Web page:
The early morning air breaks with haunting howls, and the forest is filled with squeaks, chirps, barks and screams as the monkeys of Tortuguero National Park (TNP) begin to wake up. Apart from providing endless entertainment by jumping through the tree tops, socially interacting, or trying to pee or poo on someone (at which they have fairly accurate aim), these monkeys are key indicators of the forest health in this region. Three of Costa Rica’s four species of monkeys are residents within TNP, a protected area along the Caribbean coast. The white-throated capuchin (Cebus capucinus), mantled howler monkey (Alouatta palliata) and Central American spider monkey (Ateles geoffroyi) coexist in harmony due to their slightly different feeding strategies, and can be found foraging in the same locations. Due to its endangered status, the Central American spider monkey has been sighted by MINAE as a species of interest, leading GVI Jalova to create a pilot study to monitor their distribution and density in the park area as part of our current Incidentals project.
The extension to our Incidentals project was started in September 2012. The study consists of five line transects along pre-existing trails that incorporate most of the survey area. Each transect covers a 1km distance that is surveyed over the course of approximately one hour. During this time, if spider monkeys are sighted, information regarding numbers, age, sex, gender and location are collected. Since the project started, 57 surveys have been conducted, and 56 spider monkey observations have resulted from these surveys. Of the individuals identified 51% of them have been females, 17% dependent young, 7% independent young, and only 3% males. Over the course of observation time spider monkeys have been seen on all the trails, but their distribution range has yet to be determined.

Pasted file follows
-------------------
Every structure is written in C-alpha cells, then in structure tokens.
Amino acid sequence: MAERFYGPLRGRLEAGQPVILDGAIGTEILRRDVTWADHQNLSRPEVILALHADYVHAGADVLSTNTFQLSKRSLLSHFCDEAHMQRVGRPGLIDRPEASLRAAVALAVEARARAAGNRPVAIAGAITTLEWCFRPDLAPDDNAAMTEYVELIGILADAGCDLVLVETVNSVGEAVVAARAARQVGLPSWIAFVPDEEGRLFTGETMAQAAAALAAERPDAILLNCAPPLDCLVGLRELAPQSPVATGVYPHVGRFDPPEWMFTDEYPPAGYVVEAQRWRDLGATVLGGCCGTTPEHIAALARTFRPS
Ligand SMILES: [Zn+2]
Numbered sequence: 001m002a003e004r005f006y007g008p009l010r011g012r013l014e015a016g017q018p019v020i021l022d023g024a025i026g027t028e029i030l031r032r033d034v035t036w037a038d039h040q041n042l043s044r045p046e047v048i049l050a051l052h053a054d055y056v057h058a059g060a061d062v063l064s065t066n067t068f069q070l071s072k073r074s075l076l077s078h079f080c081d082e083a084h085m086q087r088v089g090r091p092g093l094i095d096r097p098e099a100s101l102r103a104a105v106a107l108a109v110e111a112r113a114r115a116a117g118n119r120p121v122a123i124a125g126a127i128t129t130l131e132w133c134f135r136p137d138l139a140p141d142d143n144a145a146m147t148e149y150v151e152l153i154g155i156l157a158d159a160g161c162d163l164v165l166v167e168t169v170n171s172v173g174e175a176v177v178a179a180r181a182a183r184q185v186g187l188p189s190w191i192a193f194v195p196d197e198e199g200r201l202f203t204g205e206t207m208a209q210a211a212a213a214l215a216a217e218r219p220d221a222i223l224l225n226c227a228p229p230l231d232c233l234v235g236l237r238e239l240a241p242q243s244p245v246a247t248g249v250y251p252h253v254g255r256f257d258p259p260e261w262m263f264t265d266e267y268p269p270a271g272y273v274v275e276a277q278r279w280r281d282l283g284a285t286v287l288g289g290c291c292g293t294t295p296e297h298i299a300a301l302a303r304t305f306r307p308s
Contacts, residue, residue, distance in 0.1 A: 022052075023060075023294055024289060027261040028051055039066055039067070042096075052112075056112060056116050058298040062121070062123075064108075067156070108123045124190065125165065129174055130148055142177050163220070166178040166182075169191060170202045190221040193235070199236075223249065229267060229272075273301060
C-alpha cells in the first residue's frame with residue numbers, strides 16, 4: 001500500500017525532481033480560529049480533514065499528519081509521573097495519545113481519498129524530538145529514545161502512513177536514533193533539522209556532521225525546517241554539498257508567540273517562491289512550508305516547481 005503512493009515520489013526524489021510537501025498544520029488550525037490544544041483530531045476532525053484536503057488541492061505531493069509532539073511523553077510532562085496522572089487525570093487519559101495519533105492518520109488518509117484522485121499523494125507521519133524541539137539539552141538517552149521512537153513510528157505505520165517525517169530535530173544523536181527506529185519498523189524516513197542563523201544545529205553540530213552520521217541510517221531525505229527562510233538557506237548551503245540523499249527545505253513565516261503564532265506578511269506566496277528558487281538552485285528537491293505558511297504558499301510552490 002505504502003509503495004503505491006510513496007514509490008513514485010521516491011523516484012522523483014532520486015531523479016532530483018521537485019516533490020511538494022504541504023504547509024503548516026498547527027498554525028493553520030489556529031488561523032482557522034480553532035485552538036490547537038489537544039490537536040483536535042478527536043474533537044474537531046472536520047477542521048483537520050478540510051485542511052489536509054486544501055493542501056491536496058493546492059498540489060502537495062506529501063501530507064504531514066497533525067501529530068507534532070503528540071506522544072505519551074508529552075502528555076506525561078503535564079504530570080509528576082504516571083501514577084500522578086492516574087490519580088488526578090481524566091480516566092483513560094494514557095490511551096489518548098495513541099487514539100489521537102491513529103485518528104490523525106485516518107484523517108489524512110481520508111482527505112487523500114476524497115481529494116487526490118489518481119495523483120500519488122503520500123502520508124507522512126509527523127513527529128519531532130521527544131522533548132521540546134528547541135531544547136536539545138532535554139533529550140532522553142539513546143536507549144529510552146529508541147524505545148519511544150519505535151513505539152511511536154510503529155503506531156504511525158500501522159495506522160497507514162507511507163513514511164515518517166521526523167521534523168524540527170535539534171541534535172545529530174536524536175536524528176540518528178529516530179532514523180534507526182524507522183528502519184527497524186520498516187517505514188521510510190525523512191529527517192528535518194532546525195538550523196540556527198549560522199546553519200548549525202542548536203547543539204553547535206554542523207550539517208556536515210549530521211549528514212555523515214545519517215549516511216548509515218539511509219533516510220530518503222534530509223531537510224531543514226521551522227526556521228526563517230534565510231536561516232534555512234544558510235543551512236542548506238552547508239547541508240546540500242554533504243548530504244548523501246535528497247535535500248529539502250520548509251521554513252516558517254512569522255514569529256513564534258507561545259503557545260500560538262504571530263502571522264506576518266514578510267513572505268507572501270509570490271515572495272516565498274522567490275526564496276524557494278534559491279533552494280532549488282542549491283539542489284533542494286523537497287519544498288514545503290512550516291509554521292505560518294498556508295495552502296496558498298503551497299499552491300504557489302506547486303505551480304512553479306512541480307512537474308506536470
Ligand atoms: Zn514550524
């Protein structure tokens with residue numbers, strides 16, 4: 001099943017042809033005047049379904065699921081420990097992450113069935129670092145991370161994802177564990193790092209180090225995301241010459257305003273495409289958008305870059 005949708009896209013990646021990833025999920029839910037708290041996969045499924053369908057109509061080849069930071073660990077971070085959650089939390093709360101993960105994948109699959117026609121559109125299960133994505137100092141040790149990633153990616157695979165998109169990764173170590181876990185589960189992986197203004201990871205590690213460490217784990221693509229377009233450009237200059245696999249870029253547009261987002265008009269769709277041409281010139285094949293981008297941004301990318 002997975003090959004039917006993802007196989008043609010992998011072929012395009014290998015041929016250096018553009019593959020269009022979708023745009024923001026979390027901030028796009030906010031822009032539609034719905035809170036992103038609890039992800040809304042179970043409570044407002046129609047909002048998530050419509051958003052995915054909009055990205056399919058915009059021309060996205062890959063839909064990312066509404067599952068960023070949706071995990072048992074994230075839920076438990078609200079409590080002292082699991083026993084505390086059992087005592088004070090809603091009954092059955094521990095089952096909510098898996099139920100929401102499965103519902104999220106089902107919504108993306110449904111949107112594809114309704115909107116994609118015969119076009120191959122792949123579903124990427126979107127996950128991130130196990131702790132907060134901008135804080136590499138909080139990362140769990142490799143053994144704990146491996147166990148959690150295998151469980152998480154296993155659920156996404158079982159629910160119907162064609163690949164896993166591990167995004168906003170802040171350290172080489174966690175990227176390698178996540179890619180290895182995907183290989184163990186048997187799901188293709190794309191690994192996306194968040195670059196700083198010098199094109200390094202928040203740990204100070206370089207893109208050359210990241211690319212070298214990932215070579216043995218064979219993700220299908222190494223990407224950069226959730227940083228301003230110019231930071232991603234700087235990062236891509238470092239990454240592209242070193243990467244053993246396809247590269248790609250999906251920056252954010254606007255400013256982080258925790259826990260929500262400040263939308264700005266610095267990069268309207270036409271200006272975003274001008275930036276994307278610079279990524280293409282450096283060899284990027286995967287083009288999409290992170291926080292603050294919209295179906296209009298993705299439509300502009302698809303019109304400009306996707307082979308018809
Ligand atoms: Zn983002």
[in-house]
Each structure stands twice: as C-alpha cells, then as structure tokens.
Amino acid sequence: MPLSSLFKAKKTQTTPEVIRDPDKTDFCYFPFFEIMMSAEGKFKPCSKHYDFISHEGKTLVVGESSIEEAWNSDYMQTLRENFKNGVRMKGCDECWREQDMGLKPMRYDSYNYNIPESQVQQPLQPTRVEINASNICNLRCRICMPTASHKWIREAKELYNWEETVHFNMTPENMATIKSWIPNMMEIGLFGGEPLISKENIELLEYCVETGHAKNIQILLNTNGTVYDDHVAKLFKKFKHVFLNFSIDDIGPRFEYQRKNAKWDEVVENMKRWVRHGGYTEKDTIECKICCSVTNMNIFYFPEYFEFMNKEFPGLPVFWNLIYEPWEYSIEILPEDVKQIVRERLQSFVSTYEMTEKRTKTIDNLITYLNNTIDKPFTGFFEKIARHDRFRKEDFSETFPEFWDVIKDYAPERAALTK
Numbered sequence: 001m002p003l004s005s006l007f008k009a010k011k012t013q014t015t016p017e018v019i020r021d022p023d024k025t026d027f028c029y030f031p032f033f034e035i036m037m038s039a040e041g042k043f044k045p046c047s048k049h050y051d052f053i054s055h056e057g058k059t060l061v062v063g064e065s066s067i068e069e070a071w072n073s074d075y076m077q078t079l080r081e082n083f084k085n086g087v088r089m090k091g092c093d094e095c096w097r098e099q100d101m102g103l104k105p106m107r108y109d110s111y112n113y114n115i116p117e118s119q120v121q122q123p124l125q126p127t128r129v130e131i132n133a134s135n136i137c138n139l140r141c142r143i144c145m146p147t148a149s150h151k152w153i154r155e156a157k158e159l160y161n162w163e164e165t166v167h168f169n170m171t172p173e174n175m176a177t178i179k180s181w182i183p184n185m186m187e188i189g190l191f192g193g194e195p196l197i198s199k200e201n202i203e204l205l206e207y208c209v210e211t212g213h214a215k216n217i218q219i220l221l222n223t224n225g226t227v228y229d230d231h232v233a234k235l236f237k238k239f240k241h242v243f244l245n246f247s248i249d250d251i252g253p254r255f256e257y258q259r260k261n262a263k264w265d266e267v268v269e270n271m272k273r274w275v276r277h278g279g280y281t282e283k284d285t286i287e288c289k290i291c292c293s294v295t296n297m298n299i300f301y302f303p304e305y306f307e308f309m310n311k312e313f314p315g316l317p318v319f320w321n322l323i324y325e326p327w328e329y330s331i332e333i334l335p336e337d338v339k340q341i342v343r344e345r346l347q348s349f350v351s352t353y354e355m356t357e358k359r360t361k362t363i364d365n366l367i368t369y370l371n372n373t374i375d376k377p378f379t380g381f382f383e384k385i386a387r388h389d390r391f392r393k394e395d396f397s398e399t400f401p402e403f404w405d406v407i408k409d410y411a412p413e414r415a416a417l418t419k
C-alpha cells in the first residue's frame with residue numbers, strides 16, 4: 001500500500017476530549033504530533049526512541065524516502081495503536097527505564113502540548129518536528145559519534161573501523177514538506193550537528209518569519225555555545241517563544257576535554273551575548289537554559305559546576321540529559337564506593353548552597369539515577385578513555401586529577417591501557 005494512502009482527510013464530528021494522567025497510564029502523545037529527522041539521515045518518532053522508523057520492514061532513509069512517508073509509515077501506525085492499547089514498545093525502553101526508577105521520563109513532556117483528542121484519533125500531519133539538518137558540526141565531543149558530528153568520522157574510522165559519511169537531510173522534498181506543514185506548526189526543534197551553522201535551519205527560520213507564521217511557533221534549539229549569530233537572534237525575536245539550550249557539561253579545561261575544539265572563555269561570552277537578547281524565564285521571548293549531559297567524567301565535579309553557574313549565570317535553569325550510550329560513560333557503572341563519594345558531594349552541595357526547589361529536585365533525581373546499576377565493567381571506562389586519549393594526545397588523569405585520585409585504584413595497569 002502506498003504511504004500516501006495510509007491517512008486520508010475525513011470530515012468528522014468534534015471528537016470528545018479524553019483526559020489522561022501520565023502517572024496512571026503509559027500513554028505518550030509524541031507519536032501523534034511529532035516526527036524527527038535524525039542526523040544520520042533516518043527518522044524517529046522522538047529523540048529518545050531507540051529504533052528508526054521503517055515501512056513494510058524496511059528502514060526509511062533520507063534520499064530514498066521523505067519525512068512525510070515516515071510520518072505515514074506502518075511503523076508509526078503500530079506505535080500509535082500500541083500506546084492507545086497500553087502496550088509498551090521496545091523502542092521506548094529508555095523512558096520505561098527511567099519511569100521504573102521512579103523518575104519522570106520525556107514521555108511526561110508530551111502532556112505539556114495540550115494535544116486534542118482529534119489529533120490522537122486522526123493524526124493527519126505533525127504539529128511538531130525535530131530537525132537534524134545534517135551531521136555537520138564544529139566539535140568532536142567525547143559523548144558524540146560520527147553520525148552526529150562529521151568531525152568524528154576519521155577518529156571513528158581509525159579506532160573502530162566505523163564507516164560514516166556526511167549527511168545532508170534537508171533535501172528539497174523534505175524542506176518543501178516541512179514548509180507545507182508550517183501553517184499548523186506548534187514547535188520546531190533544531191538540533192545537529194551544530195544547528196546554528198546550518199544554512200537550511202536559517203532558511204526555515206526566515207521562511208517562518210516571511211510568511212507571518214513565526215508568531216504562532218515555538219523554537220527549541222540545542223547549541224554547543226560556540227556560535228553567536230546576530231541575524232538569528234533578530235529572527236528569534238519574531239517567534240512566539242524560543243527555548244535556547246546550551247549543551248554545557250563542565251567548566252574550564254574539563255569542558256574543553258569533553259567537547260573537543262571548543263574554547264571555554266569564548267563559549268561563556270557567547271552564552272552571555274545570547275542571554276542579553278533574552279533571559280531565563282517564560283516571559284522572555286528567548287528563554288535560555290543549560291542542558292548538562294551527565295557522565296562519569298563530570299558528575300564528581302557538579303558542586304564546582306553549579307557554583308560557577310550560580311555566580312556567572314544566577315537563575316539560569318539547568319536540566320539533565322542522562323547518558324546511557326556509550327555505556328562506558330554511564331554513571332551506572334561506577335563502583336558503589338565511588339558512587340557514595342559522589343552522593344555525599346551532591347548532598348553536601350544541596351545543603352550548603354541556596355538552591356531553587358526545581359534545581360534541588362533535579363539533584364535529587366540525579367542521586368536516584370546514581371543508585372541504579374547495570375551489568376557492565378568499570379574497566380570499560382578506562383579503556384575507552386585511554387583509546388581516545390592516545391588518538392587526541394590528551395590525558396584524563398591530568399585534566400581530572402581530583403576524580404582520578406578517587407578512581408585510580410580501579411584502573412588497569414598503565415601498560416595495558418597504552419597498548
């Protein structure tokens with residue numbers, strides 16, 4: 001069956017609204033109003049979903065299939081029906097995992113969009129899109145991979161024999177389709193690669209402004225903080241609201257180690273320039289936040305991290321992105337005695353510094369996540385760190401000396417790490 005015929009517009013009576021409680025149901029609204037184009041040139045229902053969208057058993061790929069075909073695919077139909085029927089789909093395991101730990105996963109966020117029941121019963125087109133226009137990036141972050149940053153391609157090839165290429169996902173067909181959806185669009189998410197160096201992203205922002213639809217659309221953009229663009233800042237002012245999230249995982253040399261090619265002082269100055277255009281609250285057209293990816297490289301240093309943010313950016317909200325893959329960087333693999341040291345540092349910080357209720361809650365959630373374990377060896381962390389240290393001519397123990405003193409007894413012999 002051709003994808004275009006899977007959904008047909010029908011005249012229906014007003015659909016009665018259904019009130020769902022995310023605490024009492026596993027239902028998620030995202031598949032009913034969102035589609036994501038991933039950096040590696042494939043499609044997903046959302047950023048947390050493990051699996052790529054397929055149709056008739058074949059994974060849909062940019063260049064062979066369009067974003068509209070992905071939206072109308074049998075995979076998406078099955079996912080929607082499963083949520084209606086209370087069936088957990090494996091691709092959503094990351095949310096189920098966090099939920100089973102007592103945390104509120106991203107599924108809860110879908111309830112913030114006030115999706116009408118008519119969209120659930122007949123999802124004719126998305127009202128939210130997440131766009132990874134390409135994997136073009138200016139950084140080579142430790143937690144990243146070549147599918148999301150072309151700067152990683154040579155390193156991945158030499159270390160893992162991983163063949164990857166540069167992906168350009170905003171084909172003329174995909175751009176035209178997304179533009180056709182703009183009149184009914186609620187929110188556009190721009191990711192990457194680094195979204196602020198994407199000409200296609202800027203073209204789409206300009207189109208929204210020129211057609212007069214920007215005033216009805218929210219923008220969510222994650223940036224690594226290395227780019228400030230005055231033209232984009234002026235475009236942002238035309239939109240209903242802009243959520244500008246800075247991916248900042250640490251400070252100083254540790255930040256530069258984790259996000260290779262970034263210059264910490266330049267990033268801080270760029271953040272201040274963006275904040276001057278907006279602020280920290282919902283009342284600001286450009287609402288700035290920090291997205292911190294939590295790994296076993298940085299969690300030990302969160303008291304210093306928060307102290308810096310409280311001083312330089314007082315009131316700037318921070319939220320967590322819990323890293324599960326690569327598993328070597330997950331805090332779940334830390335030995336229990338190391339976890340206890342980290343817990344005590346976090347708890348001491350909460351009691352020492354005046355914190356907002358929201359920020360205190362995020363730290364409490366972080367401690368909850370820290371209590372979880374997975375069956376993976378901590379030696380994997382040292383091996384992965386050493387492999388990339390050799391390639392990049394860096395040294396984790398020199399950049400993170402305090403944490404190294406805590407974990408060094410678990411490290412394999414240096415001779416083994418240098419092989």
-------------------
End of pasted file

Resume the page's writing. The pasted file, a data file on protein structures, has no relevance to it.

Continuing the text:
So far the results show that our area of TNP appears to have a healthy population of spider monkeys. The hope, as data continues to be collected, is that it will become easier to ascertain group sizes of the residents in the area and their density. In addition to the current study the future goals include comparing the number of spider monkeys in relation to the white-throated capuchin and mantled howler monkeys, and better understand the species of their foraging trees along with fluctuations based on food sources. Future developments may include looking more closely at the social behaviour of commonly seen spider monkeys, thanks to the support of people like yourself for this program.
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GVI Charitable Trust Manager